Stranger Things Season 1 Review
As I’ve mentioned on numerous occasions, there are only so many TV series a man can watch. I’ve let a lot of interesting shows slip by, the majority of them on streaming TV, because I simply don’t have the time. So when Stranger Things premiered on Netflix, and quickly became a cultural phenomenon last summer, I decided I had to let it pass like so many other great sounding series, like Bojack Horseman or The Get Down. Even after the kid stars stole the spotlight at the Emmys, I ignored it. Then the award nominations started coming in, and it got Best Drama nods from the Broadcast Critics and the Golden Globes. Then it managed an upset victory at the SAG awards. I gave in, and I’m so glad I did.
For one thing, the series is only eight episodes long, which means its even easier to get in to then say, Orange is the New Black. For another, there is a definite homage to some of the classic 1980s sci-fi and fantasy — Poltergeist, The Goonies, early Spielberg. But perhaps the series it reminds me the most of is a delightful gem called Eerie, Indiana, a delightful TV series in the early 90s that tried to be a satiric version of Twilight Zone for teens. The Duffer Brothers may not have consciously been reflecting that, but the series is set in the small town of Hawkins, Indiana. Maybe Eerie is downwind?…
From the first two episodes, Stranger Things has a pleasant feel of what is like to be a young boy or teenager growing up in the pre-cell phone, pre video game world, where the average young geek could only live in worlds around their imagination. The pilot starts out with four young boys playing D & D in their basement, and then going home. Only one of them, Will Byers, doesn’t make it. This seems to run in parallel with some diabolical government event that has let something that sounds a little too much like the smoke monster from Lost. The next day, Will is gone and his mother Joyce (Winona Ryder, doing her best work in decades) becomes frantic. Hawkins is a small town, and Sheriff Harper (David Harbour), an ex-big city cop with a tragic past is still not sure of the magnitude of what is going on. Meanwhile, in the Hawkins Research Plant, a group of evil government and military officials (led by Matthew Modine, of all people) are searching something.. or someone. All of which seems to tie in to a mysterious child who will only call herself Eleven, and seems only capable of saying one or two words at a time. (By now, everyone knows Millie Bobby Brown).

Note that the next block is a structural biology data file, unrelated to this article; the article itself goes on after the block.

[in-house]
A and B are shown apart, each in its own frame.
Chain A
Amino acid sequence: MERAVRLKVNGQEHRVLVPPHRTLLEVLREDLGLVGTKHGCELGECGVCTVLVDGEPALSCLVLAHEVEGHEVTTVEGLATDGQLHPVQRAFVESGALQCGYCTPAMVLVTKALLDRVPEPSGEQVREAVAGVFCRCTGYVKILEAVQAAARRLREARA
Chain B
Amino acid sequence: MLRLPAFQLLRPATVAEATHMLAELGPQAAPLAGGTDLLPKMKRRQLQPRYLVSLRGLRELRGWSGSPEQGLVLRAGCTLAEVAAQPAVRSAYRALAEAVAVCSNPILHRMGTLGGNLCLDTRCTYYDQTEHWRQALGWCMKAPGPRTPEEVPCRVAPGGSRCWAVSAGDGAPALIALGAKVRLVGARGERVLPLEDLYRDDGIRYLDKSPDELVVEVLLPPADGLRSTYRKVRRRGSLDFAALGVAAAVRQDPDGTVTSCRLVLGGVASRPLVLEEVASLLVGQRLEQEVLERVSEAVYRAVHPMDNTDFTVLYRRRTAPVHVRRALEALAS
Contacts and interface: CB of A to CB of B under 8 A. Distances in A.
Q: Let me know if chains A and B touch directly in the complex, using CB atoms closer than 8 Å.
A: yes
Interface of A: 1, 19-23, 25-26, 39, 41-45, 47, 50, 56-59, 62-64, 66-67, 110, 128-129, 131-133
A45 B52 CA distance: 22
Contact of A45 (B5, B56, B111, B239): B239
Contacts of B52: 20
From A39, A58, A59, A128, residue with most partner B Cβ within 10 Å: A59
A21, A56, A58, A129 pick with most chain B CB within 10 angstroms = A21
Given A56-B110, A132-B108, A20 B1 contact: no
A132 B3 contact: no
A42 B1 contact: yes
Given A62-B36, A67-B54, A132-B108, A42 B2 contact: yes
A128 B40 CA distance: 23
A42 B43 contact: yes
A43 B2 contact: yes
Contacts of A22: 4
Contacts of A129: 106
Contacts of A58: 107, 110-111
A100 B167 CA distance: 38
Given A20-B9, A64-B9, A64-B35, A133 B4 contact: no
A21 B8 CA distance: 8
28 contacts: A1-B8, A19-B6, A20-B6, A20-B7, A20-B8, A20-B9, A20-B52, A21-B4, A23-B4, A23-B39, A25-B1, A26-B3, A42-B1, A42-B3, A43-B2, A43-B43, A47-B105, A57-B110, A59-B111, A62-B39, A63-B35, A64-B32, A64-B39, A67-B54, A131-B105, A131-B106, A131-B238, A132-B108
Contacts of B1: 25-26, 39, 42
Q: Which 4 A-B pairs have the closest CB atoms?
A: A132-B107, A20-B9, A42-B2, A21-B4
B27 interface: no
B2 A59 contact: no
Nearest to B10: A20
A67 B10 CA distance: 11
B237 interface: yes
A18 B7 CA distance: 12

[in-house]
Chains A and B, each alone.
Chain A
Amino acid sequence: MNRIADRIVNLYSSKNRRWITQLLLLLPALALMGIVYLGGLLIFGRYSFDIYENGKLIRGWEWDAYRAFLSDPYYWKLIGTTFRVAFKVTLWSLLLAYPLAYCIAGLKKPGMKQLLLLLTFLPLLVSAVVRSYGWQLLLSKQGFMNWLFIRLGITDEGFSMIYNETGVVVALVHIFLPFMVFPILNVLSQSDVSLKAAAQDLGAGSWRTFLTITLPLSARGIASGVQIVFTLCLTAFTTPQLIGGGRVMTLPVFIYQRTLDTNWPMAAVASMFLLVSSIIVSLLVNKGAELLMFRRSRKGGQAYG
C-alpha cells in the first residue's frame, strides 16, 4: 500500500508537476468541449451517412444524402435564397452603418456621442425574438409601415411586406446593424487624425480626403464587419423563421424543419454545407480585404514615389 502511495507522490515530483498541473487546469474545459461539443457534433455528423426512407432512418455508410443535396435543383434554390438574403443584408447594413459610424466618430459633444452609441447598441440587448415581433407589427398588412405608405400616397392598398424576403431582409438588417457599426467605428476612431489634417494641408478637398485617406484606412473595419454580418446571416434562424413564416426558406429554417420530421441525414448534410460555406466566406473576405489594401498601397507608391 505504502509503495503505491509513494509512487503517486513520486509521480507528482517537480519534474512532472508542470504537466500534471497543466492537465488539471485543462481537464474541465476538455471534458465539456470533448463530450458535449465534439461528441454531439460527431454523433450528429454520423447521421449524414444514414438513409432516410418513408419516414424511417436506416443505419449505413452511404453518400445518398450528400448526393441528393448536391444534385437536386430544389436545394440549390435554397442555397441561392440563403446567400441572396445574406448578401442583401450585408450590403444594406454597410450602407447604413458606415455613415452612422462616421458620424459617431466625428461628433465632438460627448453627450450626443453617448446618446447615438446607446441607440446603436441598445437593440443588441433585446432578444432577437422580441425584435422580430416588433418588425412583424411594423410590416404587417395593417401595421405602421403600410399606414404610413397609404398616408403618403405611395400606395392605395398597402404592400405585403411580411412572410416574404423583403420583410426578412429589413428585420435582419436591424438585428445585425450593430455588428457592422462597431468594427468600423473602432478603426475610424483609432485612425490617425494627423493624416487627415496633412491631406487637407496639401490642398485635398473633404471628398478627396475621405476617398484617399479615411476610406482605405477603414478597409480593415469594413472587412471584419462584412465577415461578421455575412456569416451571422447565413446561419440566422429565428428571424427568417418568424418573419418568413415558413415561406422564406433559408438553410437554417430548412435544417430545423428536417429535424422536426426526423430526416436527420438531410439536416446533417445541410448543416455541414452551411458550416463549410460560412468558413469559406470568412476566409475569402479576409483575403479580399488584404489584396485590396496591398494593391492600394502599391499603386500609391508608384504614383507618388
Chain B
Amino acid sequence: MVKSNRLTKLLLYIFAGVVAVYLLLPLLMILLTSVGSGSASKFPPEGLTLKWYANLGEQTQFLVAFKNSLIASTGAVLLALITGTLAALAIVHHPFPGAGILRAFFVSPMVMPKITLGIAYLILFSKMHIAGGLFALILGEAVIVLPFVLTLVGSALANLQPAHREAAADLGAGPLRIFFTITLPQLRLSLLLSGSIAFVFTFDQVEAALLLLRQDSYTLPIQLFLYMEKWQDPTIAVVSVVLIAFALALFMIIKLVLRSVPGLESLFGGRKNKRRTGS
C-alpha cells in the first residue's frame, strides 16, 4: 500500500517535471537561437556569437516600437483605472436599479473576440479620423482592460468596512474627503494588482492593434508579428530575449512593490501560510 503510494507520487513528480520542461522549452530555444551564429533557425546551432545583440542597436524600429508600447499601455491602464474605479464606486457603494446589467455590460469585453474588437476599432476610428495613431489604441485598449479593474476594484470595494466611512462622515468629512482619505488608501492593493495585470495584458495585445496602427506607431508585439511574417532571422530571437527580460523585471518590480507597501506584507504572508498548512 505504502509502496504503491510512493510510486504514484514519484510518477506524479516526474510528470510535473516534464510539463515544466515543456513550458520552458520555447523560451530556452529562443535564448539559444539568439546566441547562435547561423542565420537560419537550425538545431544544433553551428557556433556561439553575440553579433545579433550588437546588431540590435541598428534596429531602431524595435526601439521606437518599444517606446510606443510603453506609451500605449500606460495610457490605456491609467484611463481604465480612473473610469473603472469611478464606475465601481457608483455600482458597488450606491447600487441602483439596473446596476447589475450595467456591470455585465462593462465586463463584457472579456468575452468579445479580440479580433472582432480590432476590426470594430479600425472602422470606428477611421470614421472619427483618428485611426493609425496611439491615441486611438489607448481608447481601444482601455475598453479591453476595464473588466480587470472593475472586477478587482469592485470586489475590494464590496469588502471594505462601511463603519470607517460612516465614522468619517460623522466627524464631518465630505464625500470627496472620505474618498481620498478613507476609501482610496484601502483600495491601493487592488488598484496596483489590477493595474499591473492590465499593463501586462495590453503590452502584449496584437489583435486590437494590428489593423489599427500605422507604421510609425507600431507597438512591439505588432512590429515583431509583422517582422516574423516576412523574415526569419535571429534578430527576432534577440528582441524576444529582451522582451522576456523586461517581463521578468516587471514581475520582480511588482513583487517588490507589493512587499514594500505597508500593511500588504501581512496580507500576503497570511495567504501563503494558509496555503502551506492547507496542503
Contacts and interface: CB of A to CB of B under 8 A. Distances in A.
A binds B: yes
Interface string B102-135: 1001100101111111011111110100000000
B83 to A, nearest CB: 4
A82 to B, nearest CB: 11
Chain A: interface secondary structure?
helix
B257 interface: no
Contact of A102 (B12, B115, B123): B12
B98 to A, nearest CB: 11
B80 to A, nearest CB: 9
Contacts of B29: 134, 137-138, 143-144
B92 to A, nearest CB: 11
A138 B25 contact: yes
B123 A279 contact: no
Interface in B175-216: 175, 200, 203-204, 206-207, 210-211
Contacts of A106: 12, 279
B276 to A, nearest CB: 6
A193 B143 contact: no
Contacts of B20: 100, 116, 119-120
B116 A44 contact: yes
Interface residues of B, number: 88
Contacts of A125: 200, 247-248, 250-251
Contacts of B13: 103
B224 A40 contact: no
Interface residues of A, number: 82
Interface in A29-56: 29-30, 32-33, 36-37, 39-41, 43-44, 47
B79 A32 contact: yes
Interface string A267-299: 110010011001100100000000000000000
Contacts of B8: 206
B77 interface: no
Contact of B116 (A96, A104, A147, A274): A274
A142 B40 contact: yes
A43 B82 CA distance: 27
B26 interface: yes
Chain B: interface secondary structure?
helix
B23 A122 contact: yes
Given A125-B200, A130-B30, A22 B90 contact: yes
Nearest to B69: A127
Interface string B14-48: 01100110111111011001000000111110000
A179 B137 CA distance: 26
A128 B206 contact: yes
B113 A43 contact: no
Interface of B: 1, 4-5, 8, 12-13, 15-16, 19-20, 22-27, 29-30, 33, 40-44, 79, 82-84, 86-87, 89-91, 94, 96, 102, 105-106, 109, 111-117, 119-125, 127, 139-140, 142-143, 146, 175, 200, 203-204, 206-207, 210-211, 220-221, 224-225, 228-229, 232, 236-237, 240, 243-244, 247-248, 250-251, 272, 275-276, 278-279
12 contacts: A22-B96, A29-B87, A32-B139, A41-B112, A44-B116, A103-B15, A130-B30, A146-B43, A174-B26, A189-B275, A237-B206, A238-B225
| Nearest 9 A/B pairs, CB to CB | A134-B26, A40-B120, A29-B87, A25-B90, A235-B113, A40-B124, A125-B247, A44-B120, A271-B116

Will’s friends are trying to find him, led by Mike Wheeler. When they come into contact with Eleven, they still have the youth and naivete to believe that their parents have all the answers. Then they see that Eleven ‘has superpowers’ , seems to know who Will is, and seems very interested in the D & D action figures they were using. I have some idea what’s going to come next, but for now, I will tread very lightly and talk in generalities.
Stranger Things seems to remember what it was like to be a scary show before computer effects and gore took all the subtlety out of it. It manages to get more thrills out of a few notes of music than some of the early 80s movies it pays tribute to. More importantly, it has a better feeling of what it was like to be a child in that now particularly bygone era, and what its like to be a loner in any era. There are bullies here, and angry parents, and the fun one could get out of a ham radio. As a child of the 80s, this resonates with me specific, but I imagine any outsider will love it.
Oh, the acting on this series is exceptional, especially Brown’s work, and the writing and effects are great, even when it comes to the opening sequence. But what should be most important for fans of Stranger Things is how fitting it is for the pre-teens at its center. There’s very little onscreen violence, and I haven’t heard a curse word that would be out of place on broadcast TV. It’s rated TV-14, and I could easily see the CW running it. If a network head was offered this series, and passed on it, he deserves to be devoured by a Gorgomite. Parents, binge-watch it with your children. Trust me, both of you will get something out of it.
My score: 4.25 stars.